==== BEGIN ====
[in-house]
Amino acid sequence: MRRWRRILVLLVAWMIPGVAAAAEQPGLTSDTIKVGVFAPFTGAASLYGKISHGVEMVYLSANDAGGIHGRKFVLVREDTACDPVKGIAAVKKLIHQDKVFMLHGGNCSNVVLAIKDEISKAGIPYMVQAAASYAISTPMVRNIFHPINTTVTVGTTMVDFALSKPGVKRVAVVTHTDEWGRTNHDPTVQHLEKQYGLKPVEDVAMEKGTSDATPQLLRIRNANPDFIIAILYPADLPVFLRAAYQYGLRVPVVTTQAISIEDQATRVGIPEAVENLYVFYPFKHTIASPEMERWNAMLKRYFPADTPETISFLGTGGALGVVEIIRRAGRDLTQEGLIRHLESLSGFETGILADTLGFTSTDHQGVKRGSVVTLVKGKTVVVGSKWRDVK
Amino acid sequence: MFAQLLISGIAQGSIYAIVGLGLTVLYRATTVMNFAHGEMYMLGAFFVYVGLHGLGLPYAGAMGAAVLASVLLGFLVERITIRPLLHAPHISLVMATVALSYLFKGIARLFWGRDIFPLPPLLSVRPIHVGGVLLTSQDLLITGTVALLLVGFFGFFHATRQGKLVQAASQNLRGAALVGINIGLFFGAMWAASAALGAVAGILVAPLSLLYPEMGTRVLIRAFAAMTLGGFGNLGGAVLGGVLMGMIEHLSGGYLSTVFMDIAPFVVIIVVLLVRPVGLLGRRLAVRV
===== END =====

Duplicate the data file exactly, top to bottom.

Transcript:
[in-house]
Amino acid sequence: MRRWRRILVLLVAWMIPGVAAAAEQPGLTSDTIKVGVFAPFTGAASLYGKISHGVEMVYLSANDAGGIHGRKFVLVREDTACDPVKGIAAVKKLIHQDKVFMLHGGNCSNVVLAIKDEISKAGIPYMVQAAASYAISTPMVRNIFHPINTTVTVGTTMVDFALSKPGVKRVAVVTHTDEWGRTNHDPTVQHLEKQYGLKPVEDVAMEKGTSDATPQLLRIRNANPDFIIAILYPADLPVFLRAAYQYGLRVPVVTTQAISIEDQATRVGIPEAVENLYVFYPFKHTIASPEMERWNAMLKRYFPADTPETISFLGTGGALGVVEIIRRAGRDLTQEGLIRHLESLSGFETGILADTLGFTSTDHQGVKRGSVVTLVKGKTVVVGSKWRDVK
Amino acid sequence: MFAQLLISGIAQGSIYAIVGLGLTVLYRATTVMNFAHGEMYMLGAFFVYVGLHGLGLPYAGAMGAAVLASVLLGFLVERITIRPLLHAPHISLVMATVALSYLFKGIARLFWGRDIFPLPPLLSVRPIHVGGVLLTSQDLLITGTVALLLVGFFGFFHATRQGKLVQAASQNLRGAALVGINIGLFFGAMWAASAALGAVAGILVAPLSLLYPEMGTRVLIRAFAAMTLGGFGNLGGAVLGGVLMGMIEHLSGGYLSTVFMDIAPFVVIIVVLLVRPVGLLGRRLAVRV